InSights - What you didn't know you didn't know

Selling Successfully In The 21st Century

Research on customer satisfaction indicates that 80% of all vendor deserters rated their previous vendor as “good” to “very good.” However, customers who rated their vendor as “very good to excellent” were 42% more likely to remain loyal².

 

Principle 1: Repeat sales from existing loyal customers offer significantly more volume and profit.

Raising customer retention rates by only 5% increases sales by 25-85%. The Harvard Business Review reported data from a variety of industries as early as 1990¹. The sales increase rates for several market segments include:

1. Software 35%
2. Industrial distribution 45%
3. Credit cards 75%
4. Advertising 95%

The message is clear—building customer loyalty is dramatically more critical than many other business priorities. Yet, customer satisfaction and the resulting customer loyalty are not the principal sales or marketing priorities for most businesses. Executives feel there are no precise or accurate metrics to track customer loyalty in real time. Instead, executives in the business-to-business market are more likely to focus on new products, acquisitions, and special advertising or incentives programs to build sales. These approaches are considerably easier to track, but they are more expensive.

Some innovative and aggressive companies, however, are currently using “customer audit” data to track precise changes at the individual customer and salesperson level … in real time. Chally interviews business-to-business decision-makers at all levels of responsibility and documents over 100,000 competitive ratings of US and international sales forces every year.

Principle 2: 95% of business buyers are not loyal to their present supplier.

Research on customer satisfaction indicates that 80% of all vendor deserters rated their previous vendor as “good” to “very good.” However, customers who rated their vendor as “very good to excellent” were 42% more likely to remain loyal². On most customer-driven rating evaluations, a “very good to excellent” rating would require a score of 90% or better, rarely accomplished in business-to-business sales.

Ongoing research conducted and first reported by Chally in an issue of Selling Power verifies that less than 5% of all major sales forces were rated as very good or better and viewed by customers as effective enough to maintain customer loyalty. Applying typical Total Quality Management (TQM) techniques to sales is likely to be the next major competitive challenge. Now that so many sellers face competitors who can offer essentially the same products, features, service packages, and even price, the point of competition will often become the added values the salesperson can bring to the table.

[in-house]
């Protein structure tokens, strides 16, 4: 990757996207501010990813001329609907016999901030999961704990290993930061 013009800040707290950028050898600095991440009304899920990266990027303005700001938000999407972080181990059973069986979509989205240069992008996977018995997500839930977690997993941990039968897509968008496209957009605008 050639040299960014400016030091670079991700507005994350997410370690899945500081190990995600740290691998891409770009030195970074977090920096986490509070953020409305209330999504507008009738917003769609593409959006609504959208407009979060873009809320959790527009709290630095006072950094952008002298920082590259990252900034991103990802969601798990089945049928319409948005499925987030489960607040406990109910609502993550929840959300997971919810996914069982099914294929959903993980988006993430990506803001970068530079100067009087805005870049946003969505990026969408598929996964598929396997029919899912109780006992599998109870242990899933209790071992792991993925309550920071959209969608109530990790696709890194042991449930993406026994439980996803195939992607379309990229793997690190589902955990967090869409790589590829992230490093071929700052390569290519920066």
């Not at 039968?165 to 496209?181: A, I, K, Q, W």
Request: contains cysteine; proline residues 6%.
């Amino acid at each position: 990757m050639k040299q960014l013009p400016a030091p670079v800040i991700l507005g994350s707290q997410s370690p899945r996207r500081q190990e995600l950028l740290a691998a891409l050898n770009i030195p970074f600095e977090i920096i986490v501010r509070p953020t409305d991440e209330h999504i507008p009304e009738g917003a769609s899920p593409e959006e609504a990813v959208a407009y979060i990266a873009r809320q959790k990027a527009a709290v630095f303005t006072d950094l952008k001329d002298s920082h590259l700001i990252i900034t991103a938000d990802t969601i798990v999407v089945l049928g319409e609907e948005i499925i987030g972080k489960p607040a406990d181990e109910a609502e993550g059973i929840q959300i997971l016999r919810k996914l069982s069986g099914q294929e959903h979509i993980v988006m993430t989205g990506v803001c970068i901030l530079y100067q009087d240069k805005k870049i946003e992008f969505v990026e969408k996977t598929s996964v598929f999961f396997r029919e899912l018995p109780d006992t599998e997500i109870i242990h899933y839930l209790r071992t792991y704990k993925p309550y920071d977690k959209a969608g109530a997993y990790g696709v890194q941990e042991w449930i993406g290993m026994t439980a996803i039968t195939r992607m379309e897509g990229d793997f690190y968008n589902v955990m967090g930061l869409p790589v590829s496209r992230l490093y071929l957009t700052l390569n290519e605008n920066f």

¹HBR / ²HBR 

Principle 3: World Class sales and service performance now depends on selecting and refocusing the 21st century salesperson.

The primary role of the business-to-business or high value added consumer salesperson has evolved. In the past, salespeople were usually responsible for day-to-day purchases, administrative management, technical support, and customer service. Today’s salesperson must also be a “customer business consultant.” In this new role as consultant, salespeople must learn and understand their customers’ businesses, elevate their relationship beyond the traditional purchasing, technical, and administrative function, and add value to the customers’ business results.

To support this broader consultant role, additional specialized sales support roles are emerging rapidly (i.e., technical support, logistics, project management). The goal is to focus the salesperson on the customers’ business needs and use other roles to support this relationship.

As price continues to diminish as the major criteria for selecting a vendor, it becomes increasingly more important to employ a sales force willing and able to meet the changing needs of customers and to provide the added value needed to sustain their loyalty.

Chally’s joint research with the Strategic Account Management Association (SAMA) has statistically validated the critical “consultive skills” that distinguish top performers from less effective salespeople. Our national/ strategic account profile is 85+% accurate in identifying high potential candidates throught our predictive assessments and talent audit.